Medication-assisted treatment of opioid dependence: A review of the evidence

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Author: Kate Dolan and Zahra Alam Mehrjerdi

Resource Type: General

Opioids such as heroin are the third most commonly used illegal drugs in the world, after cannabis and amphetamine-type stimulants. Heroin dependence can lead to serious health, social and economic consequences for users, their families and society. However, heroin or opioid dependence can be treated with medication and psychosocial support. This form of treatment is called medication-assisted treatment of opioid dependence (MATOD). The most common medicines used in Australia are methadone, buprenorphine and naltrexone. There is a strong body of research that underpins the use of these and other medicines; however, some people are uncertain about the role of MATOD in treating heroin or opioid use and dependence.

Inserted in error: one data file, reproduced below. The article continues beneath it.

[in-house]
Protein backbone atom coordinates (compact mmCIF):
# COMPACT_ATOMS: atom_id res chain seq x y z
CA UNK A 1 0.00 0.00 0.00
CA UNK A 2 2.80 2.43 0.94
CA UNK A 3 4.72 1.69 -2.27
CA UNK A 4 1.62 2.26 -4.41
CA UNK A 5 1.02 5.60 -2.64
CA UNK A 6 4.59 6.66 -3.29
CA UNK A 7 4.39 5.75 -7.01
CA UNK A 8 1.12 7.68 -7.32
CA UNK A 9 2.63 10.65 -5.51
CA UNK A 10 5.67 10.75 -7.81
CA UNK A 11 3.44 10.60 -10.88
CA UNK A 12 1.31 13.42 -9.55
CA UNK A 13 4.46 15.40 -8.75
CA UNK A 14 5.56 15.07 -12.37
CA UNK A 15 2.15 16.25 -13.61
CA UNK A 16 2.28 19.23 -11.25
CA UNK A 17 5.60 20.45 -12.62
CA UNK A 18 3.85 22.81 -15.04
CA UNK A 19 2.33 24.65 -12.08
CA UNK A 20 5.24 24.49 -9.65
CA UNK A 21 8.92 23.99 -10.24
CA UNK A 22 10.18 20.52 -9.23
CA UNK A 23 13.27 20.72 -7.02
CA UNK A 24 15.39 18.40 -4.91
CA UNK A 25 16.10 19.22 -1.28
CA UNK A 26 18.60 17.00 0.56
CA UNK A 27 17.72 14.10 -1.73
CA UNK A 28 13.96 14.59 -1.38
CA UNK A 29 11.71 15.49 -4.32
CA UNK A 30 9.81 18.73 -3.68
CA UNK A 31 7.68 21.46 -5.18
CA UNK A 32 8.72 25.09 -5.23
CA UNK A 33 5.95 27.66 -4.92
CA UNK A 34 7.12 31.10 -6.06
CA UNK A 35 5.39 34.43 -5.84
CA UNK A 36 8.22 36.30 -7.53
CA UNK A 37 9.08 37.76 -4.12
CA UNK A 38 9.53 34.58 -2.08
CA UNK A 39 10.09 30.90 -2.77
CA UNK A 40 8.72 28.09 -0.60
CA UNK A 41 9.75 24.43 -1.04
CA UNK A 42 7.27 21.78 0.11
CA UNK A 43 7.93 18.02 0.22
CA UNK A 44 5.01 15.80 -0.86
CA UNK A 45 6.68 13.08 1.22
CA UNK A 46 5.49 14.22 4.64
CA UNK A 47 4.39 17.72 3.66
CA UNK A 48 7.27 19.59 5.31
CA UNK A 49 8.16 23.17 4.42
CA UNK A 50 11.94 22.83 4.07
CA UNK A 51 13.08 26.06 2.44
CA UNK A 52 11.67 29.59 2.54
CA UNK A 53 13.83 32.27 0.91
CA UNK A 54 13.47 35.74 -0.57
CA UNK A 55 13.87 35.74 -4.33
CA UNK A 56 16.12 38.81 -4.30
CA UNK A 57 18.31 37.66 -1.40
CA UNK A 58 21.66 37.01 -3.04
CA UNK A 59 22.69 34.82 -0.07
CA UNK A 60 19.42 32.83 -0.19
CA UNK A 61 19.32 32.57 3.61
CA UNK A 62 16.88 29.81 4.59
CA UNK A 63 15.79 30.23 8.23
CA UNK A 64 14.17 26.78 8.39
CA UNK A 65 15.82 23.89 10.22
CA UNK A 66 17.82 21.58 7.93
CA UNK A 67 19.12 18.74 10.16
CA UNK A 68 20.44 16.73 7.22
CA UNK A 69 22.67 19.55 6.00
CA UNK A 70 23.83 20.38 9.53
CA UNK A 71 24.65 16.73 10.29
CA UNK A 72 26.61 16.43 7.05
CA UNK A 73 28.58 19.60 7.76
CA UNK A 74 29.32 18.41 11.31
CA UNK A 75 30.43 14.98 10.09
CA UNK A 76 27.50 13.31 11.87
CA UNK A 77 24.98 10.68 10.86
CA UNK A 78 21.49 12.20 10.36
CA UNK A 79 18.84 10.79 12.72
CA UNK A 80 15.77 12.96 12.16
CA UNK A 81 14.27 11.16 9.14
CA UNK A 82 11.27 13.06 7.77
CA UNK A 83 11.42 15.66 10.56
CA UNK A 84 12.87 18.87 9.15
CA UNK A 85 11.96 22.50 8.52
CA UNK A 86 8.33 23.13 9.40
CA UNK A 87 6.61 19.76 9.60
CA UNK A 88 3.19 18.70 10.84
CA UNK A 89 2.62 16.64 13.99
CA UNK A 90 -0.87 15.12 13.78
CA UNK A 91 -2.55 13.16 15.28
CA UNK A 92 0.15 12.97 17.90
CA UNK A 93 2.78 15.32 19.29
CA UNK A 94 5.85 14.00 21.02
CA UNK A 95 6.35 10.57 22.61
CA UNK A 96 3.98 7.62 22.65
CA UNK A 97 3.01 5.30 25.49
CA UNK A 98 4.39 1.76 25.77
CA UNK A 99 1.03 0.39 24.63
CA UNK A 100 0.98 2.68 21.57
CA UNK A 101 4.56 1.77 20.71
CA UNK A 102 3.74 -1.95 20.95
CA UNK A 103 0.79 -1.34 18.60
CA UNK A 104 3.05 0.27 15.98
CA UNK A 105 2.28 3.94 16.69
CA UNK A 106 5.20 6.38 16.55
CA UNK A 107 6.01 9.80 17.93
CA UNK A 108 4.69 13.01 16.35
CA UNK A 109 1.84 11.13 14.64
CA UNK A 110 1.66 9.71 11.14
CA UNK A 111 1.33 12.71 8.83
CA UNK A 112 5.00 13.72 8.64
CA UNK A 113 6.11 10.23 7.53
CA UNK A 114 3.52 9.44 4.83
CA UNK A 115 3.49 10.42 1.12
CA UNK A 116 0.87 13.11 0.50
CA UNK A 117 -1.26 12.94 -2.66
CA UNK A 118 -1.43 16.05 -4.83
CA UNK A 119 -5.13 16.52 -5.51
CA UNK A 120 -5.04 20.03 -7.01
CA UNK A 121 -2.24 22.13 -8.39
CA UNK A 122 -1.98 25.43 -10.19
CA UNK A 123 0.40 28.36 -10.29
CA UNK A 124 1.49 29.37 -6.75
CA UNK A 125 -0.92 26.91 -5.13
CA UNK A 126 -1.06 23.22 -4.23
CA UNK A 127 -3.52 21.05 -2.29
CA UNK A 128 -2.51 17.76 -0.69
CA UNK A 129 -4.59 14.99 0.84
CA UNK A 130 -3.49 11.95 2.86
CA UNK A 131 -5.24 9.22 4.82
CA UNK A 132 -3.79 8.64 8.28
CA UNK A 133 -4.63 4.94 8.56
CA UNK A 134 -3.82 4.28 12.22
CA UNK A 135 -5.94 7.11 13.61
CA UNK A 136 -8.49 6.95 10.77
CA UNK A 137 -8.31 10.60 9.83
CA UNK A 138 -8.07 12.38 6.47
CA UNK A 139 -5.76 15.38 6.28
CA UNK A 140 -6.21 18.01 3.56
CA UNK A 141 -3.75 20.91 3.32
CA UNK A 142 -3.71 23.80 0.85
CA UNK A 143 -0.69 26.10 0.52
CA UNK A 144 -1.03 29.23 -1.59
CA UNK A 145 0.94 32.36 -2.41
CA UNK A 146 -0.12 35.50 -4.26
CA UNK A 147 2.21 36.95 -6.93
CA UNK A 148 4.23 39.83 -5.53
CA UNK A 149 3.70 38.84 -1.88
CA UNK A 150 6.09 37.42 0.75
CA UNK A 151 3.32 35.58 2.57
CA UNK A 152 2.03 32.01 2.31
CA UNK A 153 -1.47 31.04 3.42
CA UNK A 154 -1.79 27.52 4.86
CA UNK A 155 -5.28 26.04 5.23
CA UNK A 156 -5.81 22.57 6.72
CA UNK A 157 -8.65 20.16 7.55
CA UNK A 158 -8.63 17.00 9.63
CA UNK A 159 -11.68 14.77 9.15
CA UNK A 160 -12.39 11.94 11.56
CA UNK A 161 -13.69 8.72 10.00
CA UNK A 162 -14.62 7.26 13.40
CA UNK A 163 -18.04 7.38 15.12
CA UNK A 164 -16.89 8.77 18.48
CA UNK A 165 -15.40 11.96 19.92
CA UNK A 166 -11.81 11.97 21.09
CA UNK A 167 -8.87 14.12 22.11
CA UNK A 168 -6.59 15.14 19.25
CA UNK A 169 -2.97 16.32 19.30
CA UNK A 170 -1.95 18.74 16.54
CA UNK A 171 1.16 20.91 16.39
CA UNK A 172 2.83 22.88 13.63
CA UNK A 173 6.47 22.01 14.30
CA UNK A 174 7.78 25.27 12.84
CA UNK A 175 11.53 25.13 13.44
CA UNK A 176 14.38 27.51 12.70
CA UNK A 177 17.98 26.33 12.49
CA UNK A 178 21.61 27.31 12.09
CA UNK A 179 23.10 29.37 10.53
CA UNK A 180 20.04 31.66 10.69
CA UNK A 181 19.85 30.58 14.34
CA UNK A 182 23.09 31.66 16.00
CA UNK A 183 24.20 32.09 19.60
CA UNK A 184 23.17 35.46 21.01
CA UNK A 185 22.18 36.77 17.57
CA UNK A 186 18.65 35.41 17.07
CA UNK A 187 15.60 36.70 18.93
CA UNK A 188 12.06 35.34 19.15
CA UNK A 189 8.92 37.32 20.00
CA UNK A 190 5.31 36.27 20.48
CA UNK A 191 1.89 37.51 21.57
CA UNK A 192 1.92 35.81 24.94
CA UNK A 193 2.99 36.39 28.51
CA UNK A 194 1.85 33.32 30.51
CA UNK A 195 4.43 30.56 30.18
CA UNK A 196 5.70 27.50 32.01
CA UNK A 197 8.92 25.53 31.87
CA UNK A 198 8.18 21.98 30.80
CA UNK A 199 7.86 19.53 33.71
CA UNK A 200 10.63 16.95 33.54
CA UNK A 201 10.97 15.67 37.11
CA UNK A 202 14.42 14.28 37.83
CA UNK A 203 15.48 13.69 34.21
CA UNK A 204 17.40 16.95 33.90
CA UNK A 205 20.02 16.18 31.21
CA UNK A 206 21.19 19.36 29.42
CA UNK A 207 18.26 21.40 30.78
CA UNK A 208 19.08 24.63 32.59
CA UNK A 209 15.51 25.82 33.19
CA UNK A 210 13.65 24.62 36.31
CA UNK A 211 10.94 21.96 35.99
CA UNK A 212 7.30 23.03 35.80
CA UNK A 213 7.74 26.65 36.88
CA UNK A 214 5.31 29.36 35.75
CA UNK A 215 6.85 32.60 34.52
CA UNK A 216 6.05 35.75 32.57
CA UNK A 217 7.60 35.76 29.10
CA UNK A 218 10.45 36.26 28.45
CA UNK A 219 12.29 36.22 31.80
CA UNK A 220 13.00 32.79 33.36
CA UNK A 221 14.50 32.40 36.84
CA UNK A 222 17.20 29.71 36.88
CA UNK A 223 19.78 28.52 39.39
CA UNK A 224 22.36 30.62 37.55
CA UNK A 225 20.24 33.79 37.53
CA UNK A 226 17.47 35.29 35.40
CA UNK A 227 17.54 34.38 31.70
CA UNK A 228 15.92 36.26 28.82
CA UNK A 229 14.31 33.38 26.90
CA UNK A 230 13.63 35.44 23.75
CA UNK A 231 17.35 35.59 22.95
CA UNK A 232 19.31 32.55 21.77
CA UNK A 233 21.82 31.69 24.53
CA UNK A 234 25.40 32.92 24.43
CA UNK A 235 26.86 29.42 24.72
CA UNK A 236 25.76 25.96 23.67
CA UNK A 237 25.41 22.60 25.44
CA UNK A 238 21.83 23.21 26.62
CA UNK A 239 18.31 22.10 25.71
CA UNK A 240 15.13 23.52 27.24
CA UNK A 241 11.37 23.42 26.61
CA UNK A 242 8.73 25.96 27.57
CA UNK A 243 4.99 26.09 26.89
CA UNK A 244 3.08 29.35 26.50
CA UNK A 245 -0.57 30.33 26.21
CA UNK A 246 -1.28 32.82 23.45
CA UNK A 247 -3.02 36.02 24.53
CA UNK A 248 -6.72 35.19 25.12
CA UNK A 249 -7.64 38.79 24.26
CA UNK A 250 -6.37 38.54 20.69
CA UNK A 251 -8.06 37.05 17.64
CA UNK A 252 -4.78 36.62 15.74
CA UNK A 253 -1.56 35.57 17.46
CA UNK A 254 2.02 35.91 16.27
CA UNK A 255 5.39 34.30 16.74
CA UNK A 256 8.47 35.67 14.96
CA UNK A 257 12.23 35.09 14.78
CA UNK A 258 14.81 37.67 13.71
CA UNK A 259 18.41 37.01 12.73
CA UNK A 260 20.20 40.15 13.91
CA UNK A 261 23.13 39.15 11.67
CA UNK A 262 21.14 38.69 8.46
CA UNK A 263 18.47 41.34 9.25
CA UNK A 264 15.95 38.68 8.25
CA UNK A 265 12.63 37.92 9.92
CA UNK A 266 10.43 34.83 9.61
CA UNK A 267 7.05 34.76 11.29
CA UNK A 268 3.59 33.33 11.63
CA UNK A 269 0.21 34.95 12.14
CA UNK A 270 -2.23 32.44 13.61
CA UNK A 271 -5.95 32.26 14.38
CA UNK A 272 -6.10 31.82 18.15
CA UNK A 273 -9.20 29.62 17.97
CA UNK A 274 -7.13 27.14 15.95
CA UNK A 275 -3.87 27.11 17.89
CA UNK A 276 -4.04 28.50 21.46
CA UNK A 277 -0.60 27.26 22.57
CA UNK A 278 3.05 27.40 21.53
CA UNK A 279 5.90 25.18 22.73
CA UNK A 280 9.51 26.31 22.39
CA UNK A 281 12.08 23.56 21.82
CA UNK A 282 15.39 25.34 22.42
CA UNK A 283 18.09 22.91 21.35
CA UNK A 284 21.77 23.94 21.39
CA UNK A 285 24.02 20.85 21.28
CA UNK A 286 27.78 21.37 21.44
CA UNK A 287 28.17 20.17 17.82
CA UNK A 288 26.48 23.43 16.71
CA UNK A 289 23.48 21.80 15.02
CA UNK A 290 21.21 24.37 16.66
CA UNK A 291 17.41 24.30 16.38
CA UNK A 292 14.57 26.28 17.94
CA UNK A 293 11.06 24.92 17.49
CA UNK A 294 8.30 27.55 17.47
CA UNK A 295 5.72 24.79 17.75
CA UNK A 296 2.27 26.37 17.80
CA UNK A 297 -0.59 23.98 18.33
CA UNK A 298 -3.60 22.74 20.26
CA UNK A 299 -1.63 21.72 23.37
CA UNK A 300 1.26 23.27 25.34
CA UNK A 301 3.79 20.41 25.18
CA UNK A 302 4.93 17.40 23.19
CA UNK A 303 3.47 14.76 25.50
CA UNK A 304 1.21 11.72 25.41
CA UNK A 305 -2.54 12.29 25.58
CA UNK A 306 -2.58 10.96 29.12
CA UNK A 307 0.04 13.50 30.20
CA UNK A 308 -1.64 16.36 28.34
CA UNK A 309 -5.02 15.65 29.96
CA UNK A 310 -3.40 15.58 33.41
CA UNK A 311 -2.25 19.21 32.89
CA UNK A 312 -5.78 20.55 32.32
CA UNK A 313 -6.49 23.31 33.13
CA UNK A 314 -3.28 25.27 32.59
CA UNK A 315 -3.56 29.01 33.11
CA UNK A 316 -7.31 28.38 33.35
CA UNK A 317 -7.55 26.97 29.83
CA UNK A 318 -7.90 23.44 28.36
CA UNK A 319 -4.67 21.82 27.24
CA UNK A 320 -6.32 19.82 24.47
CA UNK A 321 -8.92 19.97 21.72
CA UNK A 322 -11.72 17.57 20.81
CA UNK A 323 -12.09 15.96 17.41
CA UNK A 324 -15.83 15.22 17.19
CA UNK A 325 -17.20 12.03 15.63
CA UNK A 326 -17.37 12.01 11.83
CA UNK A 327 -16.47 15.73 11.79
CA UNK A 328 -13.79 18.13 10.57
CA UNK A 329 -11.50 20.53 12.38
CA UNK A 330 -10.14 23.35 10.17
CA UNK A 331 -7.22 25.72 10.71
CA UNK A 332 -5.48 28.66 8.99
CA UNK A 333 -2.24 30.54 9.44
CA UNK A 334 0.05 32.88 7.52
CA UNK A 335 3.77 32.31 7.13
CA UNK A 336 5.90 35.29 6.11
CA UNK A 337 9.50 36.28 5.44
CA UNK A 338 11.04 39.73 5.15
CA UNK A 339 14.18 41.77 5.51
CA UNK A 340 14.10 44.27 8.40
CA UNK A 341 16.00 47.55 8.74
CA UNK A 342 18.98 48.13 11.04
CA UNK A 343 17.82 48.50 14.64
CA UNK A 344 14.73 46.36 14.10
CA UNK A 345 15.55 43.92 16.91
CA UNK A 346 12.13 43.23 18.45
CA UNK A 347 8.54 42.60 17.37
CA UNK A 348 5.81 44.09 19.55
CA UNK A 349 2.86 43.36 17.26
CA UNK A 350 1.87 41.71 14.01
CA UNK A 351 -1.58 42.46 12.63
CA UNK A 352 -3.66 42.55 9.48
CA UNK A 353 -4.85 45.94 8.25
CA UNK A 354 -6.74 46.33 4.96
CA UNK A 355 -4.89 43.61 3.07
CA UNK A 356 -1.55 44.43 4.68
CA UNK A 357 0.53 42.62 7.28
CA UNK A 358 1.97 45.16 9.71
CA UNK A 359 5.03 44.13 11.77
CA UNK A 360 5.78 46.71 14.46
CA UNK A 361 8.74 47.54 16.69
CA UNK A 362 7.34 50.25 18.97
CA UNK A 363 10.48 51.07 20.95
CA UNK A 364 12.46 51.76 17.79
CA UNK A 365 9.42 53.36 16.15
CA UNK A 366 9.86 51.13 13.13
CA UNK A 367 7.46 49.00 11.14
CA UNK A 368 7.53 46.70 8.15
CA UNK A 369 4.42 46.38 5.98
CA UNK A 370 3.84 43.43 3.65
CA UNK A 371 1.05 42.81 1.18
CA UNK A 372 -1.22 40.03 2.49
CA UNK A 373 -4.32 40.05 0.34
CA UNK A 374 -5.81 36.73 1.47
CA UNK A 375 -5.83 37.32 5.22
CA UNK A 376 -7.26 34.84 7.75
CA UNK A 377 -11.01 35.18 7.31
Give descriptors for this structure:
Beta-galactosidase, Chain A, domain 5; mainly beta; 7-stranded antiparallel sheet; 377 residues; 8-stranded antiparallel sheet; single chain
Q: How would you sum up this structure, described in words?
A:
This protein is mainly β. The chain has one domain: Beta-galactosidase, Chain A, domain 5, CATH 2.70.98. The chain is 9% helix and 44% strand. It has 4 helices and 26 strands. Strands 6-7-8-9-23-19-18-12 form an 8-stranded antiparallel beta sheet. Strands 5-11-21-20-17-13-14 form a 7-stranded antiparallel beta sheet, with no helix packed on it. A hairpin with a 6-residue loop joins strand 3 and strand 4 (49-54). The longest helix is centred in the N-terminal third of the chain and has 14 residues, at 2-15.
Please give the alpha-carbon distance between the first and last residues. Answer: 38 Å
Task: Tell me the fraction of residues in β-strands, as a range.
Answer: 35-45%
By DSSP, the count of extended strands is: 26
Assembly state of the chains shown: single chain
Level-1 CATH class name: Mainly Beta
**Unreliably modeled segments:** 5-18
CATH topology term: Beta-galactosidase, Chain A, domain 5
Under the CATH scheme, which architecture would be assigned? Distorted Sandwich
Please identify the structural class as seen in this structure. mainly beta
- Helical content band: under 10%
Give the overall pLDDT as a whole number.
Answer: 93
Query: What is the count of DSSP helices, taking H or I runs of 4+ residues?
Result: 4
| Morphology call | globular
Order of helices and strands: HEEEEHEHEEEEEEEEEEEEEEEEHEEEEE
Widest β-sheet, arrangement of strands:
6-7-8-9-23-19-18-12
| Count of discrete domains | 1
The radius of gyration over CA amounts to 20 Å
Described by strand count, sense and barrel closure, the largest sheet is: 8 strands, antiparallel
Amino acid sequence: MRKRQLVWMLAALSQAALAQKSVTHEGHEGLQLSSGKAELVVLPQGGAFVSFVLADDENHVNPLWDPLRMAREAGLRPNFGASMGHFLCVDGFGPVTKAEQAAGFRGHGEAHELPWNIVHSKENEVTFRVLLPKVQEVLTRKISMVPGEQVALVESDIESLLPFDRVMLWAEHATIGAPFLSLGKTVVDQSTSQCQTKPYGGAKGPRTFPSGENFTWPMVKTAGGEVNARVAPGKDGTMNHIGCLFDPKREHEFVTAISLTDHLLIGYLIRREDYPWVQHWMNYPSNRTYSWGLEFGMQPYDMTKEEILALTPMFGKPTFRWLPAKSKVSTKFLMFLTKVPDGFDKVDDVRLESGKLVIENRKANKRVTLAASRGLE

This information kit includes two booklets. This booklet provides a review of evidence of MATOD, while the second booklet answers some of the most frequently asked questions about MATOD and addresses common misunderstandings.

The Australian National Council on Drugs funded the development of this information kit.